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Patch Adams: We have turned medicine into a dirty and greedy business

Patch Adams: We have turned medicine into a dirty and greedy business

He is a doctor, activist and clown, and better known as the "doctor of laughter therapy", although he does not like to associate "laughter" with "treatment" because humor is much more important to him. His dream is to practice happy, fun, loving, cooperative, creative, and considerate medicine. Patch Adams.

Doctor, activist and clown. The order of the factors does not alter the human stature of Hunter Doherty Patch Adams, touching the two meters of height, frightening the sky with his multicolored ponytail of eternal "hippie". At 69 years old, the most iconoclastic and irreverent doctor on the planet, immortalized in the cinema by Robin Williams, continues to propagate his very personal vision of health and ruthlessly lash out at the system.

Since 1971, the peculiar revolution of the famous doctor and comedian has a name: Gesundheit ("health", in German). This is the name of his dream, not yet fully realized, of building a rural hospital in West Virginia where he can practice medicine with six fundamental qualities: happy, fun, loving, cooperative, creative and considerate.

Were you before a clown, activist or doctor?

Let's say that being a doctor and a clown is the noblest form of activism. Although I think the first spark was activism. When I was a teenager I had a really hard time. They made life miserable for me at school and I couldn't bear the injustices in the segregated south where I grew up. I tried to kill myself and they put me in a psychiatric hospital. And there I discovered not only that I could heal myself but that I could help others. So I made a resolution to myself: "Instead of trying to kill myself, I'm going to be happy at all costs ... And I'm going to start a revolution based on love."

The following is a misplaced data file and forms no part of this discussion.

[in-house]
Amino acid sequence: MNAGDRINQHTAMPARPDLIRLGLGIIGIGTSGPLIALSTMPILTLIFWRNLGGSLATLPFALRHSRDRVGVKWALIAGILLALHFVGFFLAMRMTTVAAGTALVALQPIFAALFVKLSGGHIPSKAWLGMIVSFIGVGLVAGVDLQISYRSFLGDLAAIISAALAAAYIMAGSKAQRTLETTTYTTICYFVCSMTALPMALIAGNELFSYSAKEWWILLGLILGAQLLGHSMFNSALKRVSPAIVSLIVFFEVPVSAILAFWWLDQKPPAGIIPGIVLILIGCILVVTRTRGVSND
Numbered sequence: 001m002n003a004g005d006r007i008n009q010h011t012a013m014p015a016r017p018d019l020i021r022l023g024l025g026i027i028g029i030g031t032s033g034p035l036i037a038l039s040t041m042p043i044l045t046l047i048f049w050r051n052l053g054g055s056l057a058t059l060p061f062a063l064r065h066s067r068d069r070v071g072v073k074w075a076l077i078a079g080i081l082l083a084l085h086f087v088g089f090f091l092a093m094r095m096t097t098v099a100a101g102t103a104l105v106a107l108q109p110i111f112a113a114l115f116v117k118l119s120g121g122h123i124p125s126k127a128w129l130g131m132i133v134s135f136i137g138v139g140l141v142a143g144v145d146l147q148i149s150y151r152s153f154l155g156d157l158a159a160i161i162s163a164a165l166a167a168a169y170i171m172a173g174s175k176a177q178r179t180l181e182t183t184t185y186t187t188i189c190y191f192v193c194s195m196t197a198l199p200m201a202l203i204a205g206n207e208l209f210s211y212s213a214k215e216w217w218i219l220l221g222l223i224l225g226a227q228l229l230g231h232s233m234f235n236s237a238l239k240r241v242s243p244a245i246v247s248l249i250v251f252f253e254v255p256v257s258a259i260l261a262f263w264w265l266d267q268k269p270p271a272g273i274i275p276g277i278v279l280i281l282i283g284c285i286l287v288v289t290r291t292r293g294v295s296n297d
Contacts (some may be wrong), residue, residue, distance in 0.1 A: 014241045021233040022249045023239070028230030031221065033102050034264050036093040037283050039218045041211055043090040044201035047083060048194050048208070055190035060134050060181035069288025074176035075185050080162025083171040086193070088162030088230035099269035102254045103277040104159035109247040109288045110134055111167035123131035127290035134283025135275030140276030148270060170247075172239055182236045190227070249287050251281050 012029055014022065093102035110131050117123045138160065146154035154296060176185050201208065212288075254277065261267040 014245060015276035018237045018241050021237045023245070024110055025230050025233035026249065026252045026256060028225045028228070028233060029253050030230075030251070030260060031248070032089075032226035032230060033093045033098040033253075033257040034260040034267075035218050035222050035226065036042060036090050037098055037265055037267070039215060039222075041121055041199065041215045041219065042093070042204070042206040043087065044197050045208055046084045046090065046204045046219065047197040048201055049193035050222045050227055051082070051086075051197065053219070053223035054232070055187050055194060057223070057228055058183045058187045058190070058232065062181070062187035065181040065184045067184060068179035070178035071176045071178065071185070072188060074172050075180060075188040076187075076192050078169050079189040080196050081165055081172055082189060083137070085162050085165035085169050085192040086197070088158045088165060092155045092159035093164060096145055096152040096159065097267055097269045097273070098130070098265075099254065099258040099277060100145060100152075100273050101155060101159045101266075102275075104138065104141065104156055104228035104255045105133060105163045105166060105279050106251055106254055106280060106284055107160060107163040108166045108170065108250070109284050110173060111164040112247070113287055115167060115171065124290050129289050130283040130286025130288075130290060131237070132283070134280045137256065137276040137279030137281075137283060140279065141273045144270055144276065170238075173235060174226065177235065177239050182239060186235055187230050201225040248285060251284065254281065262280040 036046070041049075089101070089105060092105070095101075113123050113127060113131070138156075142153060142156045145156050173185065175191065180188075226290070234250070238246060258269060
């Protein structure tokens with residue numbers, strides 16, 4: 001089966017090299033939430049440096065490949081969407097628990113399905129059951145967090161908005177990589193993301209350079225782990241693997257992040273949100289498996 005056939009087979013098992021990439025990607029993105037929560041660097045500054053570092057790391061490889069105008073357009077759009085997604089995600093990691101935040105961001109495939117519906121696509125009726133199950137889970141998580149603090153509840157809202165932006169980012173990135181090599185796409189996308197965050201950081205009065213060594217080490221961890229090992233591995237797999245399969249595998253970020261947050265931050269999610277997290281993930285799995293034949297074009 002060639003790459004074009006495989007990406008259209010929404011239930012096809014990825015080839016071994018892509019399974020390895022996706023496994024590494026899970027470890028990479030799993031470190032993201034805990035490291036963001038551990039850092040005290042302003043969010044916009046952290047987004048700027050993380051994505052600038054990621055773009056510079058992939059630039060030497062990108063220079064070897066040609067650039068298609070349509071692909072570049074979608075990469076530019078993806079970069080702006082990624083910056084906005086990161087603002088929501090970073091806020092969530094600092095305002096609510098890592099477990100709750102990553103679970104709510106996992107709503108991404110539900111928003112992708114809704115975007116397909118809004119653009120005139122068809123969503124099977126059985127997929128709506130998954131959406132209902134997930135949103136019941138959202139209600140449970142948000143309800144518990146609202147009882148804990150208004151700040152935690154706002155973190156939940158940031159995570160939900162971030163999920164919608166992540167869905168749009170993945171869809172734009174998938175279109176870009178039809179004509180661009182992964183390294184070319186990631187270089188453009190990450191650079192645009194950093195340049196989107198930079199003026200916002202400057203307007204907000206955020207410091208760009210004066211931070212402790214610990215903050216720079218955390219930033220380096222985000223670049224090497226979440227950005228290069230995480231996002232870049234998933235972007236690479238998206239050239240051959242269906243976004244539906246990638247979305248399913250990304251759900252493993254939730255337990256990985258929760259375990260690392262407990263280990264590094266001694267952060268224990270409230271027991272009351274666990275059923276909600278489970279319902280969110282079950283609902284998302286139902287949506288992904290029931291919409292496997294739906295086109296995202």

What is the worst disease?

Market capitalism, no doubt. We have turned medicine into a dirty and greedy business, a mercantile by-product that treats people as mere consumers, and not as citizens or persons. What can you expect from a doctor who spends seven minutes on average with his patients, as in the United States? What can you expect from a dehumanized system that profits from disease? Sometimes I think Freud was right, when he wrote in Civilization and Its Discontents that perhaps mental illness is the natural response to a deranged society.

Is the health system the reflection of a sick society?

I would say that it is cause and effect. As long as the dominant values ​​remain power and money, there is nothing to do. The winner takes it all: that is the law of life that is imposed on us by this male system that continues to prevail at all levels, from health to religion.

And what is the best recipe?

What we need is to feminize society. More women leaders are needed, but not in the style of Thatcher or Condoleeza Rice. We have to turn the scale of values ​​to put above all generosity and compassion, which are two feminine virtues. There is nothing like giving yourself to others. Peace, justice and love, that's my favorite trinity.

And what does all this have to do with being dressed as a clown?

Even the most serious leader loses his composure when he sees me dressed this way. Humor is a weapon of mass disarmament ...

Why then does it bother you to be called by the Doctor of Laughter or the Father of Laughter Therapy?